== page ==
If you have experienced discovering new horizons by bike, then soon you'll be nodding your head sagely: you already know how wonderful it is to travel by bike. This being the case, by all means read on to give yourself a pat on the back, or to swat up on some conversational ammunition for when you inevitably get asked the question "Why a cycling holiday?"
Of course, if you're still on the fence, then read on...
See more on a bike...
With an easy average speed of 10 to 15 mph cycling is much quicker than walking. It's also blatantly more immersive than any motorised holiday transport, cycling is the perfect way to fully experience a landscape. Apart from putting you right in the scenery (sometimes literally if mountain biking is your thing) cycling also makes you 'earn your turns'. As that great traveller Earnest Hemingway explained: "It is by riding a bicycle that you learn the contours of a country best, since you have to sweat up the hills before you can coast down them."
Rather than cocooned in a tin box car travelling at 60 miles an hour, you'll spend your holiday with the wind in your hair, spinning through leafy lanes, carving along secluded singletrack, or pottering between waterside café terraces at between 10 and 20 miles an hour. Immersed in the smell, feel and sounds of the landscape you're travelling through, riding will enrich every day and turn any journey into an adventure.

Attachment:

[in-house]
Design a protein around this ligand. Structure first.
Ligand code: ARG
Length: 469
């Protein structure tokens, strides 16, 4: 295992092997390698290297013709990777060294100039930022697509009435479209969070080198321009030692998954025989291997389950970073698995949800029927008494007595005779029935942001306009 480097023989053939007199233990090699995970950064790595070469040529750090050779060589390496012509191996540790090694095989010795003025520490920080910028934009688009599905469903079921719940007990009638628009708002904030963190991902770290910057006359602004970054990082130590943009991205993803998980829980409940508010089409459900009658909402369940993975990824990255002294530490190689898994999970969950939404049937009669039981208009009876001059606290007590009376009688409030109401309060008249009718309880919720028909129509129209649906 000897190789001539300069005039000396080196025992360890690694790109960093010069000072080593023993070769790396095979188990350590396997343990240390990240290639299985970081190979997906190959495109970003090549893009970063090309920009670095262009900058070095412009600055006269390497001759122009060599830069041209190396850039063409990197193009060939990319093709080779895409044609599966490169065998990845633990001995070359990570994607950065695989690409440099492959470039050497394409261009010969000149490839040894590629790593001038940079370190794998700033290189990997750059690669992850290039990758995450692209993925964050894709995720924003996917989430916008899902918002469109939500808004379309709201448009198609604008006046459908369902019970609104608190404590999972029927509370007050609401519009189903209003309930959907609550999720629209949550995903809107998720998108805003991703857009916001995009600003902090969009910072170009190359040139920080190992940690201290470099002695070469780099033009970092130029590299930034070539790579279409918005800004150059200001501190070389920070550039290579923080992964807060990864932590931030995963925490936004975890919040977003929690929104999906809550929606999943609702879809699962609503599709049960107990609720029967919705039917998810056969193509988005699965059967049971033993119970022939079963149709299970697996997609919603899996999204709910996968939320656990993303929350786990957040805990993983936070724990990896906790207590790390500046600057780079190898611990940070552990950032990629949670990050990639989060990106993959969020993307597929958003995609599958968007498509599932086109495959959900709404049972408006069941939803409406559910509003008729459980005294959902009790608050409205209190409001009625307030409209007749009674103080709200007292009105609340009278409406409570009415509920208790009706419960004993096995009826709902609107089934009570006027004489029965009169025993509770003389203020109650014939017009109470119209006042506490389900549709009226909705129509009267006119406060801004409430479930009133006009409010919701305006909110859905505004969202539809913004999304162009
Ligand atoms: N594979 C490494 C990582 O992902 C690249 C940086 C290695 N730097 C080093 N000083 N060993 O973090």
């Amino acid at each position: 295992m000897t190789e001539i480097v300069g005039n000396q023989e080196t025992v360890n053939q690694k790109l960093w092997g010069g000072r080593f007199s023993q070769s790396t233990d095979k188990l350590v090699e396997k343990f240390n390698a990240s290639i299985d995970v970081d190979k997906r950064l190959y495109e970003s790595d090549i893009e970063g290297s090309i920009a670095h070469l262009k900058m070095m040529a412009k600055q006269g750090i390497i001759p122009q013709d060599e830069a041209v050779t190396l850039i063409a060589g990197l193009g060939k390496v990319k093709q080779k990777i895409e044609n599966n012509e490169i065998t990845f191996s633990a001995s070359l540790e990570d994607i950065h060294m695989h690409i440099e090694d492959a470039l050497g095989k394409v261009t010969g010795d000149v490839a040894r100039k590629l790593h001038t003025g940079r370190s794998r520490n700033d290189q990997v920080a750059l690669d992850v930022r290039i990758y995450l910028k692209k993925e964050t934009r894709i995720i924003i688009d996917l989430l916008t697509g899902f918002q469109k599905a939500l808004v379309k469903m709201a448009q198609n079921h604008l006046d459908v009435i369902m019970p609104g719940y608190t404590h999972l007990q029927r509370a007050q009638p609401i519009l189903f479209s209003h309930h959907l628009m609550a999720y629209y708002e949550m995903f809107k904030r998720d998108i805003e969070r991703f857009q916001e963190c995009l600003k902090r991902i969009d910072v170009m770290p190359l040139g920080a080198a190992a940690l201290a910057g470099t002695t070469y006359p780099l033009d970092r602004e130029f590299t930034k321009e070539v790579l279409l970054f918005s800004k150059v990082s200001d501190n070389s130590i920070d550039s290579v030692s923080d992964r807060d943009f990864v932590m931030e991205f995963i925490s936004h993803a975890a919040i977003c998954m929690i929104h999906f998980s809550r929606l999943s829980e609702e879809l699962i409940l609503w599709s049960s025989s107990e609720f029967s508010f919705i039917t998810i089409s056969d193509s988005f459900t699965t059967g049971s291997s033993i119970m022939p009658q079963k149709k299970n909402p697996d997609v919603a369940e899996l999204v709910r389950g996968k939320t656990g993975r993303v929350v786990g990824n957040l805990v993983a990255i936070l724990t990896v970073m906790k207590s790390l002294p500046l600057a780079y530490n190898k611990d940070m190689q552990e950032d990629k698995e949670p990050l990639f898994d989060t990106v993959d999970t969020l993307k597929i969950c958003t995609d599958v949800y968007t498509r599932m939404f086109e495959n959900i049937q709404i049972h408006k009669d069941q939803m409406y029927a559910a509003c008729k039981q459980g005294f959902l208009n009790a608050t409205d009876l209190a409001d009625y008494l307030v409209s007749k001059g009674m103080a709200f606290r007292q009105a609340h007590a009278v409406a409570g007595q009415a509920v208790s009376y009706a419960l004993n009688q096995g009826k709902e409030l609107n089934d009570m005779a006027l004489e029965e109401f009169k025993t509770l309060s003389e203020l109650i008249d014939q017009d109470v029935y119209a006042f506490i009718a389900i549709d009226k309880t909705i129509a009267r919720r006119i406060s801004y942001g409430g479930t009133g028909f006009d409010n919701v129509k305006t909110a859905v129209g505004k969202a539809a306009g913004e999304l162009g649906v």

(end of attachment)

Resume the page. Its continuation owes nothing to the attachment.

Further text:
You'll experience greater independence and freedom too. Back streets, forest tracks, village greens and even traffic-free city centres are yours to freely explore, as bikes can access pretty much all areas. Even in pedestrianized zones you can simply get off and push your bike with all your baggage attached, parking it right next to your café table like some kind of VIP.
Speaking of cafes... Food is at the heart of every culture, and the beauty of travelling by bike is that you get guilt-free licence to 'discover' as much of that edible culture as you want without returning home the size of a house after your holiday.